Suites~ the concept
The concept of painting multiple-canvas suites based on my response to, and interpretation of, a particular composer's work came from a sudden inspiration. I had been requested to do several smaller works for a solo show to complement the larger sizes in which I usually work. I had stretched four smaller canvases of varying dimensions and placed them on my studio floow in order to contemplate how I would approach their accomplishment.
As it is customary when I work, the strains of classical music wafted through the studio--fortuitously, a symphony. Although my eyes were focused on the four canvases, my mind drifted from the task at hand to responding to the music surrounding me. Suddenly a thought came bursting through: a symphony is a musical composition of four (or more) parts in which each part not only stands alone but also contributes to the whole. The whole, therefore, becomes one unified composition, greater than the sum of all its parts. Could I do the same in paint? Could I PAINT a symphony IN FOUR PARTS?!
Thus ended my attempt to produce small works for that show. Instead, I painted larger works comprised of four or more small sections!
As I contemplate painting a particular symphony, my first step is to decide on the size of each canvas and relate it to the "size" (length or impact) of the corresponding movement in the symphony. The most important movement is the largest. Next, the canvases are arranged in an interesting composition. The third movement, most iften a dance movement lighter than the others, usually floats above the second in the composition.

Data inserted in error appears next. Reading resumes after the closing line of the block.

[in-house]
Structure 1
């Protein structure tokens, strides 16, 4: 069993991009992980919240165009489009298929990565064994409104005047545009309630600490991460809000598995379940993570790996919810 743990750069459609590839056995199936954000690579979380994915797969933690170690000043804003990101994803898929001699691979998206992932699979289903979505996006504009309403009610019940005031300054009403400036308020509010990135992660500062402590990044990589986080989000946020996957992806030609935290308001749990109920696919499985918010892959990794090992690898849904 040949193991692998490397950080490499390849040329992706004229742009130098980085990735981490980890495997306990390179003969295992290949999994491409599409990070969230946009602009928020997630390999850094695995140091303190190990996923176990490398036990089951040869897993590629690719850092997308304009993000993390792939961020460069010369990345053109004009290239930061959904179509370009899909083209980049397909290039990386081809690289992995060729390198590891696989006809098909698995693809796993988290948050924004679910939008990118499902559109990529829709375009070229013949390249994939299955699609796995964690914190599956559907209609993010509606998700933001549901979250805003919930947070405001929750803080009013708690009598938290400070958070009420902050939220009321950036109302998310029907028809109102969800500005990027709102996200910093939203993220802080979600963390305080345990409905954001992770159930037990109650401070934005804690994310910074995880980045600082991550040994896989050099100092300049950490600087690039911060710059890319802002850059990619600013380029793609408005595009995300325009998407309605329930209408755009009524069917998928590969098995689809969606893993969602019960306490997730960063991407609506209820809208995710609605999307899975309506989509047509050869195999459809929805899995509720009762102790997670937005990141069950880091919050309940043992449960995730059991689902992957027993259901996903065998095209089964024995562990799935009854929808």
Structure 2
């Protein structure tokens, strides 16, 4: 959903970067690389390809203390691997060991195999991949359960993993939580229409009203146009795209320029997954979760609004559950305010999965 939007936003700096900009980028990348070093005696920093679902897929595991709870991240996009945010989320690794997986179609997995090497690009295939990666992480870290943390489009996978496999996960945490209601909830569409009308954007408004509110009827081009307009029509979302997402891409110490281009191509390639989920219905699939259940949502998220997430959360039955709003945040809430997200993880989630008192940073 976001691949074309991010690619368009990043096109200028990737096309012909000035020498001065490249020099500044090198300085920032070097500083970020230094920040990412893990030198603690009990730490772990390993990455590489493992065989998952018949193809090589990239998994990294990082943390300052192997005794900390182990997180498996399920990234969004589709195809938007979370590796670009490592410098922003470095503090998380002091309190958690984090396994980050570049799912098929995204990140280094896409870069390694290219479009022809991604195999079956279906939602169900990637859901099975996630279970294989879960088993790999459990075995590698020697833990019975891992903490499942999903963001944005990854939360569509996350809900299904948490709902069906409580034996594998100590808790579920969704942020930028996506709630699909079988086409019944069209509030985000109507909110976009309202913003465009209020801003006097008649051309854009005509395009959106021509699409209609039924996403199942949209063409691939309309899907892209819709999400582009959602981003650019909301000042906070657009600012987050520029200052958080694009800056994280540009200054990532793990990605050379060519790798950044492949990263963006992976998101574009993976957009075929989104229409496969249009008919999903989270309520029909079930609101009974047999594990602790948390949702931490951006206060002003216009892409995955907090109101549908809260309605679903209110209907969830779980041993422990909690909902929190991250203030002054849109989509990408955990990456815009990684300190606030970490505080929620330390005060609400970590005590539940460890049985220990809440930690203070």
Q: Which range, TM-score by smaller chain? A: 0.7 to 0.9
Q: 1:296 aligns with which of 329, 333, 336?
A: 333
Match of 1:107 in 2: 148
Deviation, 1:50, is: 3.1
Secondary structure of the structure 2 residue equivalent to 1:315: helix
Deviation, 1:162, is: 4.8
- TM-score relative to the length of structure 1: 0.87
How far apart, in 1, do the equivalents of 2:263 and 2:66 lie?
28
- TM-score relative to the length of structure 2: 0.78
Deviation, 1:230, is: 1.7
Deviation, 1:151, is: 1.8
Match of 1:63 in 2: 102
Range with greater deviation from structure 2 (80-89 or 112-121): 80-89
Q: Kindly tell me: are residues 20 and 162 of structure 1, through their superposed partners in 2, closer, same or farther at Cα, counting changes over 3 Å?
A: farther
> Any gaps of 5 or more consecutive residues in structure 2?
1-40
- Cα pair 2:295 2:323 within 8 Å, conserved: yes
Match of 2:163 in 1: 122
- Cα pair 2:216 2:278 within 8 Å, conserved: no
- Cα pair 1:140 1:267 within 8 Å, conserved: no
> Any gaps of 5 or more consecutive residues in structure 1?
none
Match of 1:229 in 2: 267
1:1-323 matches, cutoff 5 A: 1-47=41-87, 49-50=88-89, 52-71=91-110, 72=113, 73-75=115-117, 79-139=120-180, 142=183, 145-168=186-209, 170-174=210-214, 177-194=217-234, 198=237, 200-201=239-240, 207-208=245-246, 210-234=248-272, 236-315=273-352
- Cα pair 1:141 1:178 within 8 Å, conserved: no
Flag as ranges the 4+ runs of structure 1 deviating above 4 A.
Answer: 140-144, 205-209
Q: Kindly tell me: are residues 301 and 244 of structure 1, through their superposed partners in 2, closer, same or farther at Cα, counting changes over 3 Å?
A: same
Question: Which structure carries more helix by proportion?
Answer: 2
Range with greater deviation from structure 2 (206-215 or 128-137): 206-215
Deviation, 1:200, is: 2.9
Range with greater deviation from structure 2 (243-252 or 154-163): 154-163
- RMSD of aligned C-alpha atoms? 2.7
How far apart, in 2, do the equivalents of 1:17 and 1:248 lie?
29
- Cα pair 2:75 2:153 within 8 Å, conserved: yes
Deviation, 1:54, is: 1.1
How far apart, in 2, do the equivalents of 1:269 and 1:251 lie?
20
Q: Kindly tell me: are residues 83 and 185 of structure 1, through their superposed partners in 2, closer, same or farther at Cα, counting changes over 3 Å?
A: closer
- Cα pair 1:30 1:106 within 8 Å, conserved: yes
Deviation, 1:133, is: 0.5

Then come the colors. The hues I select must be in keeping with the overall "color" (mood) of the symphony: bright, vibrant, somber, lively, sophisticated--whatever. While each of the chosen pigments is used in every canvas, the intensity or tome changes in keeping with the particular movement.: a lilting movement in lighter, airier tints; an earthy one in shades of deeper earth tones; a somber one would be darker, grayer.
Then while listening to music, I organize the composition on the floor of my studio and start laying in the basic colors, pattern, and tempo flowing from one canvas to another. Collage, if used, contributes to the unity of the suite by continuing in adjoining movements. Next, each canvas is worked at the easel in order to correct and develop the individual compositions, then put back with the other canvases for further refinement.